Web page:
Boeing Will Meet, But Not Negotiate with Feds

September 3, 2002 ( - Managing to at least momentarily avoid a strike, Boeing said it would meet with federal mediators tomorrow after all - and the union says it will conduct a new vote of its members on the "best and final" offer.

Boeing workers had already begun voting on the new offer when an announcement that negotiators from both Boeing and the International Association of Machinists (IAM) had been invited to come to Federal Mediation and Conciliation Service headquarters in Washington, D.C., on Wednesday to discuss the contract.  The IAM agreed to go, but the vote continued.

Request, Not an Order

Boeing, on the other hand, initially said it wouldn’t comply with what it described as a “request, not an order” – saying there was nothing left to negotiate.  Boeing now says it will go to Washington to meet with the FMCS, but said it plans only to outline the background for, and elements of, what remains its “best and final” offer. 

However on Friday, Mark Blondin, president of Machinists District 751, said members had complained of confusion during Thursday’s vote.  “To ensure that every member is again given an opportunity to express their true opinion, we will revote,” Blondin said, though no date has yet been set.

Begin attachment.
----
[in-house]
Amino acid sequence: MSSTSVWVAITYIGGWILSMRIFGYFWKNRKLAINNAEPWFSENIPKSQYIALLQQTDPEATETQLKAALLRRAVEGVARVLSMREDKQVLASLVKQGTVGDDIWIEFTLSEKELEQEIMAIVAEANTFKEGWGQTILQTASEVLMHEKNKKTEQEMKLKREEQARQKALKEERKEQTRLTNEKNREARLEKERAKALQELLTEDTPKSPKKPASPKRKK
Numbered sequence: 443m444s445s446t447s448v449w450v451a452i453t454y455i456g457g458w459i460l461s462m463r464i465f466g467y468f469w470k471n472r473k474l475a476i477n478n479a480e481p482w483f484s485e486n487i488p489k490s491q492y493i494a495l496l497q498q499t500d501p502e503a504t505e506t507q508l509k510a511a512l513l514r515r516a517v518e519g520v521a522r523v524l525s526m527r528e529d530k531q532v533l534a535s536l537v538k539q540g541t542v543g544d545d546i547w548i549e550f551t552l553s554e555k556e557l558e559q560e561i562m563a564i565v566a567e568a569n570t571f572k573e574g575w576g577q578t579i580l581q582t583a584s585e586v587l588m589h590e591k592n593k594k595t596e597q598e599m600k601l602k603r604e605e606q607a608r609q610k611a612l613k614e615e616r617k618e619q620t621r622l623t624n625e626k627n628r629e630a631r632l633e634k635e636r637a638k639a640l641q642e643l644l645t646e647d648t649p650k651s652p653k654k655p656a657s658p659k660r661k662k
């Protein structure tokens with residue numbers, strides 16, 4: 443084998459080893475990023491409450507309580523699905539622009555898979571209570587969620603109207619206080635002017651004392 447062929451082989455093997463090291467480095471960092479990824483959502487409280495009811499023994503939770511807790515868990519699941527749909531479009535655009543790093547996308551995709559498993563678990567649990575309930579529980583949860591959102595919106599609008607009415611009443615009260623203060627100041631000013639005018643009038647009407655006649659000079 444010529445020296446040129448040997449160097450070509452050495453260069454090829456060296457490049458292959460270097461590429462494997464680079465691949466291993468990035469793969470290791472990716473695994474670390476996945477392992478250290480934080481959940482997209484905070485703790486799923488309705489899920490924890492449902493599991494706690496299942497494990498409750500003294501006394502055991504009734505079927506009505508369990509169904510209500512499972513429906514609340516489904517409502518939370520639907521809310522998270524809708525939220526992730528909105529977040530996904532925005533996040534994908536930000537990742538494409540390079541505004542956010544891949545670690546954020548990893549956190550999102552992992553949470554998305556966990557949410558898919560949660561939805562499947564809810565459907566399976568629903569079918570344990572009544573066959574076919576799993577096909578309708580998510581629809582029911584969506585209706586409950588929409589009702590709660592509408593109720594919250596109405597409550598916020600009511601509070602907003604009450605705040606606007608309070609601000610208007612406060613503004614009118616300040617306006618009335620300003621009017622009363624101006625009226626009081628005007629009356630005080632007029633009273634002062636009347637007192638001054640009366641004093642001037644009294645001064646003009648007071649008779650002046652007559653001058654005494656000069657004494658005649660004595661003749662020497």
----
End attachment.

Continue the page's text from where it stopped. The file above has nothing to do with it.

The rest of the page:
Revote Notes

Boeing spokesman Chuck Cadena said the company would respect the results of a second vote and said one should be held as soon as possible, according to the Associated Press.  However, Boeing also said it will not meet with the Machinists further and will not reopen negotiations.

Union members will continue to work after the contract expires, according to union leaders.  Meanwhile, Boeing said employees are welcome to return to work under terms of the existing contract.

In it’s “best and final” offer to the International Association of Machinists (IAM) on Tuesday, the aircraft manufacturer has offered to increase its basic pension benefit to $60 a month for every year of service in the final year of the contract, from the current level of $50/month. 

The company also offered to defer new health-care costs until 2004.  In earlier discussions, concerns had emerged that proposed changes could significantly increase worker costs.

Since Boeing has laid off so many workers in recent years, the remaining machinists, whose average age is 47 with more than 20 years experience, are understandably concerned about their pensions. 

IAM updates are at  

Boeing updates are at